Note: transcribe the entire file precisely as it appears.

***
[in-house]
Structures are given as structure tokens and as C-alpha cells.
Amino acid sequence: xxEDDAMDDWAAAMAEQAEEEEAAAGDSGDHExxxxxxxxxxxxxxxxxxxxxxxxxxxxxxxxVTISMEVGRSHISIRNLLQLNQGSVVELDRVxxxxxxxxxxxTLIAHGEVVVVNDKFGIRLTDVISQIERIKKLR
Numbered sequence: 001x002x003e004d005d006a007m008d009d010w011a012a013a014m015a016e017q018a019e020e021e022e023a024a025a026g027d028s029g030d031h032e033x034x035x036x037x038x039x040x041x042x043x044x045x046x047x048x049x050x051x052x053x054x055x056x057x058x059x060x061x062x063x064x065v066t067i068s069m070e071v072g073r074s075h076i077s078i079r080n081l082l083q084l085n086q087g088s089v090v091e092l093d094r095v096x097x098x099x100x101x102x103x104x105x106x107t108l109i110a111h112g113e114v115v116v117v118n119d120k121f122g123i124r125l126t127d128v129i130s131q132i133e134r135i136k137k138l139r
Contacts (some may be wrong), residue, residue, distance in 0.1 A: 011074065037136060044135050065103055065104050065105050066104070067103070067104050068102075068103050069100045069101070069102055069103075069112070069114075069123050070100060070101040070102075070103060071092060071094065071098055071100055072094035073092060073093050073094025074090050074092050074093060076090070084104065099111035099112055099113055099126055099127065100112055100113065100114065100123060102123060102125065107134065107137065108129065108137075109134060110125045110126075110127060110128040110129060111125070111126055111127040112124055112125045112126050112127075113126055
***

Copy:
[in-house]
Structures are given as structure tokens and as C-alpha cells.
Amino acid sequence: xxEDDAMDDWAAAMAEQAEEEEAAAGDSGDHExxxxxxxxxxxxxxxxxxxxxxxxxxxxxxxxVTISMEVGRSHISIRNLLQLNQGSVVELDRVxxxxxxxxxxxTLIAHGEVVVVNDKFGIRLTDVISQIERIKKLR
Numbered sequence: 001x002x003e004d005d006a007m008d009d010w011a012a013a014m015a016e017q018a019e020e021e022e023a024a025a026g027d028s029g030d031h032e033x034x035x036x037x038x039x040x041x042x043x044x045x046x047x048x049x050x051x052x053x054x055x056x057x058x059x060x061x062x063x064x065v066t067i068s069m070e071v072g073r074s075h076i077s078i079r080n081l082l083q084l085n086q087g088s089v090v091e092l093d094r095v096x097x098x099x100x101x102x103x104x105x106x107t108l109i110a111h112g113e114v115v116v117v118n119d120k121f122g123i124r125l126t127d128v129i130s131q132i133e134r135i136k137k138l139r
Contacts (some may be wrong), residue, residue, distance in 0.1 A: 011074065037136060044135050065103055065104050065105050066104070067103070067104050068102075068103050069100045069101070069102055069103075069112070069114075069123050070100060070101040070102075070103060071092060071094065071098055071100055072094035073092060073093050073094025074090050074092050074093060076090070084104065099111035099112055099113055099126055099127065100112055100113065100114065100123060102123060102125065107134065107137065108129065108137075109134060110125045110126075110127060110128040110129060111125070111126055111127040112124055112125045112126050112127075113126055